There’s an age-old argument that seems to plague couples the world over. No, we’re not talking about the toothpaste tube or the toilet seat up or down debate. We’re referring to the ‘you’re late!’ issue.
We’ve all been there. When our spouse keeps us waiting, it hurts. There can be good reasons for it, or not-so-good reasons, but either way, it cuts to be left waiting.
It’s just one of many universal debates over which couples argue that include money, childcare, housework, sex, hobbies, and friends.
Married life is challenging! Learning to live with another person who has their own view of how things should be done, can make the newlywed years fraught with tension making it the highest risk period for marital breakdown.
Truth be told, for many of us, the tension can persist well beyond those early years; after 32 years of marriage, we’re still discovering differences and still trying to resolve them peacefully!
If one of us is rude, selfish or disappointing in some way, the desire to inflict a smackdown and humiliate them can be fierce – our sense of hurt can make us reactive – especially if we are tired or already grumpy. But this is never productive and almost always destructive to each other and to our relationship.
A smackdown might deliver us a brief satisfaction, but it is never constructive. It usually escalates the situation as our spouse becomes defensive and similarly reactive, especially the case when the starting offense was out of their control or accidental.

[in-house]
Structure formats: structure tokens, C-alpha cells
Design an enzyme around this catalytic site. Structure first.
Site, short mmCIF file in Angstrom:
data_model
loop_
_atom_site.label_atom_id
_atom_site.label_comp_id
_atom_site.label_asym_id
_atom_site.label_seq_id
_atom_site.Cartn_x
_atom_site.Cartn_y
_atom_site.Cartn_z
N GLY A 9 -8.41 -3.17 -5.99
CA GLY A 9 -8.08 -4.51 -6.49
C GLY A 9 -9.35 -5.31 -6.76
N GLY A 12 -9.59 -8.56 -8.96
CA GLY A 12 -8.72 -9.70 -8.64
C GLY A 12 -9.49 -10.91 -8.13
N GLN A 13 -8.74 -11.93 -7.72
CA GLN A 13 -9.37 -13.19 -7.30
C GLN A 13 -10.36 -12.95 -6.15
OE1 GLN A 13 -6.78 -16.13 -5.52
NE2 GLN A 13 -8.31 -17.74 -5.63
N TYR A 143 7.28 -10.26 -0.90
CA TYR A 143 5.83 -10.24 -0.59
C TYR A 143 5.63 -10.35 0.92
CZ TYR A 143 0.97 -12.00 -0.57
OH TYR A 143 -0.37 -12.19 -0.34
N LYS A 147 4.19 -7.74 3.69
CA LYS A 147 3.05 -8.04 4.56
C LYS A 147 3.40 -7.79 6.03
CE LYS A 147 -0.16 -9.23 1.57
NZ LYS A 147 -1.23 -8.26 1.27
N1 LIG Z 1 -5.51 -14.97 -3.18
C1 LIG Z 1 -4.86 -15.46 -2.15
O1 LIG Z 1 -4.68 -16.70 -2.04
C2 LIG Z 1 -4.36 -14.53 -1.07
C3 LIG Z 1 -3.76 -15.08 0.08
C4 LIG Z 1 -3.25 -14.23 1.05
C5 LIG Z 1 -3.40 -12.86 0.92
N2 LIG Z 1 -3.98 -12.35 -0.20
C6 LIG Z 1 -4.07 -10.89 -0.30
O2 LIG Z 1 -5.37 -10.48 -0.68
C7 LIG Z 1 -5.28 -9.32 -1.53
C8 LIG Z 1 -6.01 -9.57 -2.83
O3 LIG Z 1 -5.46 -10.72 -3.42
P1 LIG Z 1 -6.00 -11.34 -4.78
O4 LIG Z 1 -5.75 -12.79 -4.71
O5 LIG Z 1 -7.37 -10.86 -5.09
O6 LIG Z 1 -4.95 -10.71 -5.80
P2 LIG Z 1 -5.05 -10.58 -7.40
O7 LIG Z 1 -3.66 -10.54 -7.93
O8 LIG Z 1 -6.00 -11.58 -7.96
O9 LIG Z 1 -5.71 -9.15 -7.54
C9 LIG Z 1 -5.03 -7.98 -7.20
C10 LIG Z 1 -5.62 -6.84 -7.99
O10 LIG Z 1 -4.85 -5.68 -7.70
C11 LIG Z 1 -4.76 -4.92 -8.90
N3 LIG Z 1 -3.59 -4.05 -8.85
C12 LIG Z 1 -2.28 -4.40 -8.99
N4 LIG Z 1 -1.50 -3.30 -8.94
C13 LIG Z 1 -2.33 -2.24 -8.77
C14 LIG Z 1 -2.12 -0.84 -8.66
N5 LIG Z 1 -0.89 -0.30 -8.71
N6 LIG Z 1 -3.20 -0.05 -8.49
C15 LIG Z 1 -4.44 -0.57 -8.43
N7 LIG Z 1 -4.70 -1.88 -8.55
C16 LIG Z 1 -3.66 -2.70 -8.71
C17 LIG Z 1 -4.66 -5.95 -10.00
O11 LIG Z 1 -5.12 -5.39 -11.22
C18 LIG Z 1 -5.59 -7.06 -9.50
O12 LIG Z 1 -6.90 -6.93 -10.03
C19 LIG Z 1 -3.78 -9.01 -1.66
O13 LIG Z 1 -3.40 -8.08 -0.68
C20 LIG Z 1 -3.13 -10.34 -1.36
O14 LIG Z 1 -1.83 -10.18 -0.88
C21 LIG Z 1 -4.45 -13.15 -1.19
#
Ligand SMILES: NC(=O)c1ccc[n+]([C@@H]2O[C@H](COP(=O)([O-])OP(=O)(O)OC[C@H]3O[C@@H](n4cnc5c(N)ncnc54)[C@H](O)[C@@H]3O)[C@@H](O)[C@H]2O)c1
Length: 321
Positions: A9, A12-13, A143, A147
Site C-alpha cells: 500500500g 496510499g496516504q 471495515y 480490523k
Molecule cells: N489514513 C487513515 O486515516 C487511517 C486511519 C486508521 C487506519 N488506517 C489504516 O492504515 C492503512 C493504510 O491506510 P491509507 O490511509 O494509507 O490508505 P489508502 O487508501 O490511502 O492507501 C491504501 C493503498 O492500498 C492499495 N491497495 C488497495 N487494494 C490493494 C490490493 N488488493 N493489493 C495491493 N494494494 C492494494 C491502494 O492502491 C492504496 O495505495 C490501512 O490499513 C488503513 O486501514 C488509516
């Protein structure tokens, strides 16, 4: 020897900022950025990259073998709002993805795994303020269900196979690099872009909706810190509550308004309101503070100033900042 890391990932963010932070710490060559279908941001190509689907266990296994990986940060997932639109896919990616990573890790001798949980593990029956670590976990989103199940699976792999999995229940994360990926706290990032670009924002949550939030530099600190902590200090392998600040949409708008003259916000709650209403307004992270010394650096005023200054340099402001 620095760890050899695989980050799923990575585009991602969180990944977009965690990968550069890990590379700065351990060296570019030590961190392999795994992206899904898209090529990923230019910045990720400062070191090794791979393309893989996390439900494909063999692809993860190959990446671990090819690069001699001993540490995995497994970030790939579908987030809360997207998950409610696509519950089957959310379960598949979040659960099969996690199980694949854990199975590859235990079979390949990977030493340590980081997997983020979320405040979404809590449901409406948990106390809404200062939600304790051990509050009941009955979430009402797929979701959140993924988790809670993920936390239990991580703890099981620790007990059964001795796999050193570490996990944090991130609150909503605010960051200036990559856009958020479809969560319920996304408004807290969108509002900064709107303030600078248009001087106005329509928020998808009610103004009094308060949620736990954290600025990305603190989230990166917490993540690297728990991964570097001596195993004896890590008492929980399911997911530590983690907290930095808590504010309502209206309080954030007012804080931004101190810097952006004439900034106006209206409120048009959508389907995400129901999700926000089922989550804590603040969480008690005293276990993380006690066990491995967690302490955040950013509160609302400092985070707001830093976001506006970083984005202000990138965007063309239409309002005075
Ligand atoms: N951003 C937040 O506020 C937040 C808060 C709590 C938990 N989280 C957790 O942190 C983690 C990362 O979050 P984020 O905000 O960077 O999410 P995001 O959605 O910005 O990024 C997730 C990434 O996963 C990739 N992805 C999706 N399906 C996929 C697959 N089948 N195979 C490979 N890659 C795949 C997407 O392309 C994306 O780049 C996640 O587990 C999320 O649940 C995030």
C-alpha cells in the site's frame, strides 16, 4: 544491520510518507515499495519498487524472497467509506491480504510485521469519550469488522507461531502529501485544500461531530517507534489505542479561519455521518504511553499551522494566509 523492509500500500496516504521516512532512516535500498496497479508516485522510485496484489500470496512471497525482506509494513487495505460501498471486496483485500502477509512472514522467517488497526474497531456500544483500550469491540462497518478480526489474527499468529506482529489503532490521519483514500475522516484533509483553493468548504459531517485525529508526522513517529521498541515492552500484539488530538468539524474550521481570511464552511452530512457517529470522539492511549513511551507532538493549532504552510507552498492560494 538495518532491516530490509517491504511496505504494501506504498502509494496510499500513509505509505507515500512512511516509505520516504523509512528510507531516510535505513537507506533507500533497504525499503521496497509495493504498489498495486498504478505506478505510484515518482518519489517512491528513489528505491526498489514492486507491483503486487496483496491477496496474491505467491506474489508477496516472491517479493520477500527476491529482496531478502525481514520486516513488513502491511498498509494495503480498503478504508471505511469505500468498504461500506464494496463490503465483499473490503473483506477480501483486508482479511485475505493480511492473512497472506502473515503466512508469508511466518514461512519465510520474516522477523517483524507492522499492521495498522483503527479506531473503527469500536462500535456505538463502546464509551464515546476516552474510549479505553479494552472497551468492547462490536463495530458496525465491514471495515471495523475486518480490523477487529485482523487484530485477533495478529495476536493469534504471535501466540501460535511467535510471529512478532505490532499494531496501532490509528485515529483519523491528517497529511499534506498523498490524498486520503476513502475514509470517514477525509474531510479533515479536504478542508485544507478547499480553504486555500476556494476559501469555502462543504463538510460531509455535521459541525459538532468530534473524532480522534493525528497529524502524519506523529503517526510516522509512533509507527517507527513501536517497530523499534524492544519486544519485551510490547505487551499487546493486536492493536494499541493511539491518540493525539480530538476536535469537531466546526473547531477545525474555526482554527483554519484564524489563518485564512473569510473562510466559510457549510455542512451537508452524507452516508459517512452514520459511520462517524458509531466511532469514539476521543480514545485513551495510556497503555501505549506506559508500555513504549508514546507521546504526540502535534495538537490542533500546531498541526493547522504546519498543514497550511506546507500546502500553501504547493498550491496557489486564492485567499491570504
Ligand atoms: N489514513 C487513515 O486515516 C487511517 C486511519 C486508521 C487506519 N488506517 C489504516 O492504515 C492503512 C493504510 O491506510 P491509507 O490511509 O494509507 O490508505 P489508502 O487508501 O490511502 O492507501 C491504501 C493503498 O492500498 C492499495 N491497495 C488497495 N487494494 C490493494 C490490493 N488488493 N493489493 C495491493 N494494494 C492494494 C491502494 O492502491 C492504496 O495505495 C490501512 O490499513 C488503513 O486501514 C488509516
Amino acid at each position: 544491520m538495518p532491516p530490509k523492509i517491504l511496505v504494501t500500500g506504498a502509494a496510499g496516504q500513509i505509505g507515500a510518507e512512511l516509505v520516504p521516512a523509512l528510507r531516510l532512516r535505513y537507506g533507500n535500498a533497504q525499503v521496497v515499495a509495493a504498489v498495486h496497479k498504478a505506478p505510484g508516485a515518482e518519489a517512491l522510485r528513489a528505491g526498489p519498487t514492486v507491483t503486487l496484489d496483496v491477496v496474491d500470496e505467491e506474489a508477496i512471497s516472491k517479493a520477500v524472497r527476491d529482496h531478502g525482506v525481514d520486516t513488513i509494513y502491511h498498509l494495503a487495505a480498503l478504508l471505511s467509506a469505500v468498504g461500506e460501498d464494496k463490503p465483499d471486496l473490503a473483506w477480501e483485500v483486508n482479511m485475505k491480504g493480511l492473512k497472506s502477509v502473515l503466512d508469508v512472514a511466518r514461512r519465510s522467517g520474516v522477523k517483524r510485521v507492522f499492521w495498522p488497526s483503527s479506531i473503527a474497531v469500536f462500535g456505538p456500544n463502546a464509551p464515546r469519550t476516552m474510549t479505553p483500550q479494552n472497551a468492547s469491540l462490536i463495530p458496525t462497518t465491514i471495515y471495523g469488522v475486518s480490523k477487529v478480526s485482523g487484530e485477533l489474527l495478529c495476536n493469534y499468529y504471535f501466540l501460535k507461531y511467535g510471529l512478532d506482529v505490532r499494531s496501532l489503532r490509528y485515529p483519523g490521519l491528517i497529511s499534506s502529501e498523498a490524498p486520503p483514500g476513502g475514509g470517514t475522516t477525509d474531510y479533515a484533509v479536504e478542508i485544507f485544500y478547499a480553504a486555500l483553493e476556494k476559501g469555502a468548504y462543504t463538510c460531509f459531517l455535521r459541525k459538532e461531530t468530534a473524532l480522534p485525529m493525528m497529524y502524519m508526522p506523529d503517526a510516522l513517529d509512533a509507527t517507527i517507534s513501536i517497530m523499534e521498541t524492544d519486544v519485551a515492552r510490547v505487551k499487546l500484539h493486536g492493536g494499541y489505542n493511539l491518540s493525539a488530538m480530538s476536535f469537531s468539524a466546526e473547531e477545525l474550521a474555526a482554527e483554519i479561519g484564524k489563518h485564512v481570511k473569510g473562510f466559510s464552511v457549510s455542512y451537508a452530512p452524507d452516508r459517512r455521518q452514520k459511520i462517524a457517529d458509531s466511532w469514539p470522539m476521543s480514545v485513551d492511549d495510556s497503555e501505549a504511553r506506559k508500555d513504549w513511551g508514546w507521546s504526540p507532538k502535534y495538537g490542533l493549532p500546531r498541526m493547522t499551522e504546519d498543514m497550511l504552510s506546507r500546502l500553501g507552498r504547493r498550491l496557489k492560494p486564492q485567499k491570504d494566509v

Before we know it, what began as a careless word or miscommunicated expectation has become a major argument.
Moreover, returning offense for offense edifies neither of us; it’s a race to the bottom with no winners. Our marital unity is the inevitable loser.
So, what to do instead?
Here are five things to do that will change the trajectory of your challenging interactions and transform your relationship from a ‘walking on eggshells’ experience to one of supportive unity.
The first is to practice self-restraint. We have to become masters of our reactivity so that the escalation pathway never gets a foothold.
Self-mastery is a skill that comes with maturity. It allows us to gather our thoughts so that when we begin a difficult conversation about a behaviour we don’t like, we can do so with a more considered perspective and a clearer understanding of what we truly need and seek in the relationship.
One very practical way to do this is through a regular habit of meditation or prayer. Meditation, including Catholic mindfulness, helps us maintain perspective and stay connected to a solid source of life-affirming divine acceptance.
Prayer allows us to work through our issues in conversation with God so that when we raise it with our spouse, we come armed with a deeper self-awareness and less impulsivity. Discussions between us tend to be calmer, more considered and more respectful when our spiritual life is in a healthy place.
Another strategy is journaling or counselling – both can be valuable ways to deepen our self-awareness, tame our reactivity and develop self-restraint.
Any of these practices can help us to process our unpleasant emotions and understand the needs that are driving them so that we can be more intentional and less reactive in difficult situations.
2: Soft Start-Up
The second tip is what is called a ‘soft start-up’. Rather than opening a difficult conversation with a judgement about the other’s offending behaviour, begin with a ‘benefit-of-the-doubt’ or ‘affirmation’ statement.
Opening lines like, “We need to talk about your behaviour!” (add scolding tone) is an example of a harsh start-up and is guaranteed to set the conversation off on the wrong trajectory.